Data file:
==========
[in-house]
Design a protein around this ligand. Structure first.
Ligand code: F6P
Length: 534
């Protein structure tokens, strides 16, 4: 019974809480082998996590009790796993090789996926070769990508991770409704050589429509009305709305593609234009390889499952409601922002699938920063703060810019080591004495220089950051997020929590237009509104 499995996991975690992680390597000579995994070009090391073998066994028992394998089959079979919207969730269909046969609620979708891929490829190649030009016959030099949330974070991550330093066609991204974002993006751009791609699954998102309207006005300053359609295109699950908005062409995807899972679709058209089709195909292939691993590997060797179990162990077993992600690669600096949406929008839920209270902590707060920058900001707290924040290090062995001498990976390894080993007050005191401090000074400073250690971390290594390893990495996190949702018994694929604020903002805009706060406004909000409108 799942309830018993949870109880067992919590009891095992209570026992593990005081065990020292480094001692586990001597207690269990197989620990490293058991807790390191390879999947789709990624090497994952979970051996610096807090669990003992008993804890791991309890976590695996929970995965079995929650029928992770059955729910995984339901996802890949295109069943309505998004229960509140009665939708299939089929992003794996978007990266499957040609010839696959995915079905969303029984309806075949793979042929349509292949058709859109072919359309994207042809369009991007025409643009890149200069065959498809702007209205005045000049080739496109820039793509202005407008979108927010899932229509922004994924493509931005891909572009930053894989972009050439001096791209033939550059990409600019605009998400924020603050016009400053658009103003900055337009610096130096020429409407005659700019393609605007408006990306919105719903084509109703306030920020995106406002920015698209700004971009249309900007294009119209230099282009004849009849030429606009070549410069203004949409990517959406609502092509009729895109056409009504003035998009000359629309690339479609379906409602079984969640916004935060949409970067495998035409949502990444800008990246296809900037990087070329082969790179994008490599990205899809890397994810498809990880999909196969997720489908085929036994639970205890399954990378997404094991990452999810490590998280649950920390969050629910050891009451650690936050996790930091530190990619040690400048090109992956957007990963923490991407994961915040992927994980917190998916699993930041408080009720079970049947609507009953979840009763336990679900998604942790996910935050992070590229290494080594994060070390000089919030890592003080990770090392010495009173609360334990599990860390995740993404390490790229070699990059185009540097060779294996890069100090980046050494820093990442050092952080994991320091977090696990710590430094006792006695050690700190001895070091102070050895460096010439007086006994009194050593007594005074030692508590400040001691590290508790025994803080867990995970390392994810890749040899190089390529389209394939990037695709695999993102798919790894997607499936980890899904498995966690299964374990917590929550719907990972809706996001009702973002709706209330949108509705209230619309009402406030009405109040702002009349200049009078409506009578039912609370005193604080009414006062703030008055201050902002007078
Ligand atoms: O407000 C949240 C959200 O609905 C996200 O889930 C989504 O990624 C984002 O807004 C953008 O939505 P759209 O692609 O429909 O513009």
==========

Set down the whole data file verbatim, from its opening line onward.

[in-house]
Design a protein around this ligand. Structure first.
Ligand code: F6P
Length: 534
């Protein structure tokens, strides 16, 4: 019974809480082998996590009790796993090789996926070769990508991770409704050589429509009305709305593609234009390889499952409601922002699938920063703060810019080591004495220089950051997020929590237009509104 499995996991975690992680390597000579995994070009090391073998066994028992394998089959079979919207969730269909046969609620979708891929490829190649030009016959030099949330974070991550330093066609991204974002993006751009791609699954998102309207006005300053359609295109699950908005062409995807899972679709058209089709195909292939691993590997060797179990162990077993992600690669600096949406929008839920209270902590707060920058900001707290924040290090062995001498990976390894080993007050005191401090000074400073250690971390290594390893990495996190949702018994694929604020903002805009706060406004909000409108 799942309830018993949870109880067992919590009891095992209570026992593990005081065990020292480094001692586990001597207690269990197989620990490293058991807790390191390879999947789709990624090497994952979970051996610096807090669990003992008993804890791991309890976590695996929970995965079995929650029928992770059955729910995984339901996802890949295109069943309505998004229960509140009665939708299939089929992003794996978007990266499957040609010839696959995915079905969303029984309806075949793979042929349509292949058709859109072919359309994207042809369009991007025409643009890149200069065959498809702007209205005045000049080739496109820039793509202005407008979108927010899932229509922004994924493509931005891909572009930053894989972009050439001096791209033939550059990409600019605009998400924020603050016009400053658009103003900055337009610096130096020429409407005659700019393609605007408006990306919105719903084509109703306030920020995106406002920015698209700004971009249309900007294009119209230099282009004849009849030429606009070549410069203004949409990517959406609502092509009729895109056409009504003035998009000359629309690339479609379906409602079984969640916004935060949409970067495998035409949502990444800008990246296809900037990087070329082969790179994008490599990205899809890397994810498809990880999909196969997720489908085929036994639970205890399954990378997404094991990452999810490590998280649950920390969050629910050891009451650690936050996790930091530190990619040690400048090109992956957007990963923490991407994961915040992927994980917190998916699993930041408080009720079970049947609507009953979840009763336990679900998604942790996910935050992070590229290494080594994060070390000089919030890592003080990770090392010495009173609360334990599990860390995740993404390490790229070699990059185009540097060779294996890069100090980046050494820093990442050092952080994991320091977090696990710590430094006792006695050690700190001895070091102070050895460096010439007086006994009194050593007594005074030692508590400040001691590290508790025994803080867990995970390392994810890749040899190089390529389209394939990037695709695999993102798919790894997607499936980890899904498995966690299964374990917590929550719907990972809706996001009702973002709706209330949108509705209230619309009402406030009405109040702002009349200049009078409506009578039912609370005193604080009414006062703030008055201050902002007078
Ligand atoms: O407000 C949240 C959200 O609905 C996200 O889930 C989504 O990624 C984002 O807004 C953008 O939505 P759209 O692609 O429909 O513009």